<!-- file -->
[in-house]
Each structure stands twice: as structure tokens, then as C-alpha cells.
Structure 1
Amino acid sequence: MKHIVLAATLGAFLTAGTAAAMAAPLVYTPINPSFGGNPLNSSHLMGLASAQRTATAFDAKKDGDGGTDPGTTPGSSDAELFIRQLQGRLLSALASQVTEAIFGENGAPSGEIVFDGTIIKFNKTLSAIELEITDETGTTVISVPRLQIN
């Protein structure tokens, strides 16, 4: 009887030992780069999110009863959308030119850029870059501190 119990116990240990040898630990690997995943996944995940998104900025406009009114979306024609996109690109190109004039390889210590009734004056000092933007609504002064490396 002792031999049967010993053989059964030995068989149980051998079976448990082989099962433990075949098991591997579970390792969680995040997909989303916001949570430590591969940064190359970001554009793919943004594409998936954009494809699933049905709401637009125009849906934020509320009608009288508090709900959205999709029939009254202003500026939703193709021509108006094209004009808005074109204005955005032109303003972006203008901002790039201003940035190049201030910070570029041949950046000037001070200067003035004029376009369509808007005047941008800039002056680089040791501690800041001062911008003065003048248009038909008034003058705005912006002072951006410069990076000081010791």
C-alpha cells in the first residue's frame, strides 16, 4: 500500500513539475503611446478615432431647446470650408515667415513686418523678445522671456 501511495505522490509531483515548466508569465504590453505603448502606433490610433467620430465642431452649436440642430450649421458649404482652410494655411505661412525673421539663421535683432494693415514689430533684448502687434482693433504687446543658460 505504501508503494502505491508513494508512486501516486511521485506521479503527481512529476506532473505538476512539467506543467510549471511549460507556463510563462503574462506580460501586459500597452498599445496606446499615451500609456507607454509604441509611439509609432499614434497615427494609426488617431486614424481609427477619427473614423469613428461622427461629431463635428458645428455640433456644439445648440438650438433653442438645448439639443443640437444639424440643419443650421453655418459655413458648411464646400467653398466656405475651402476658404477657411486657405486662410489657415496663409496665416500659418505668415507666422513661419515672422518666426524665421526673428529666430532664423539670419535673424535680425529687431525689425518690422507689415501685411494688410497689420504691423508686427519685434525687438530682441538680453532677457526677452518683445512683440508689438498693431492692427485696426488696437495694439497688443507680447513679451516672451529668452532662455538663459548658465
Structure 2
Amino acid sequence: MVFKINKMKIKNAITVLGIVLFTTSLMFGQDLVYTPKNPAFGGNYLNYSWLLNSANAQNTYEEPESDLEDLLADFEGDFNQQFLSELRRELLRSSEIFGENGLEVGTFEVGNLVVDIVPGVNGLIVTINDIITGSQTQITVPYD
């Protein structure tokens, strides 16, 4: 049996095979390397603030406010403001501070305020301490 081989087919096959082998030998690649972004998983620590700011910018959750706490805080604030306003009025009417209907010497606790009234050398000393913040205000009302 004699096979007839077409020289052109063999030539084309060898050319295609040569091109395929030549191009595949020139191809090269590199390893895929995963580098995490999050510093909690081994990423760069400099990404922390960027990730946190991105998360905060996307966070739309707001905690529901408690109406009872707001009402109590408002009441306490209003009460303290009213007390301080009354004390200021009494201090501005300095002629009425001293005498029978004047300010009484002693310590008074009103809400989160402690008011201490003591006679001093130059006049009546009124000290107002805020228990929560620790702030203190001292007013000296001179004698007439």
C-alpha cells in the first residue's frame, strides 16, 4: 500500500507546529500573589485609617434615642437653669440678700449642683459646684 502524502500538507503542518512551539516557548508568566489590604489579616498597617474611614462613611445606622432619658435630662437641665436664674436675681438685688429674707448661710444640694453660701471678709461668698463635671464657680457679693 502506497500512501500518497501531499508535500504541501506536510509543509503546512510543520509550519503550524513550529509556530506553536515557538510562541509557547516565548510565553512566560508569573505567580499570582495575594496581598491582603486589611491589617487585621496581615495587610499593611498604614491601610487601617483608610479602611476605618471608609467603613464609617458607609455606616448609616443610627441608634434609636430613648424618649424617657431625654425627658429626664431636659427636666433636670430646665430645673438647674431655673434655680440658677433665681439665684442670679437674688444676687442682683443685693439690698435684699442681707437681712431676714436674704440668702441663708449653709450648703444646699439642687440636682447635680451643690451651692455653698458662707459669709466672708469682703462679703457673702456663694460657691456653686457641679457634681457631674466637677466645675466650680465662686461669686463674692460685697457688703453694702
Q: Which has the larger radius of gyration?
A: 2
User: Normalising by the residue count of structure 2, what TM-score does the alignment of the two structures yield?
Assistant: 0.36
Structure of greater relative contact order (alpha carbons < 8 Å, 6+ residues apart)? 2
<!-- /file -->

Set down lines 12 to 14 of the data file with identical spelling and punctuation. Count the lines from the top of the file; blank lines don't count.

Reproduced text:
A: 2
User: Normalising by the residue count of structure 2, what TM-score does the alignment of the two structures yield?
Assistant: 0.36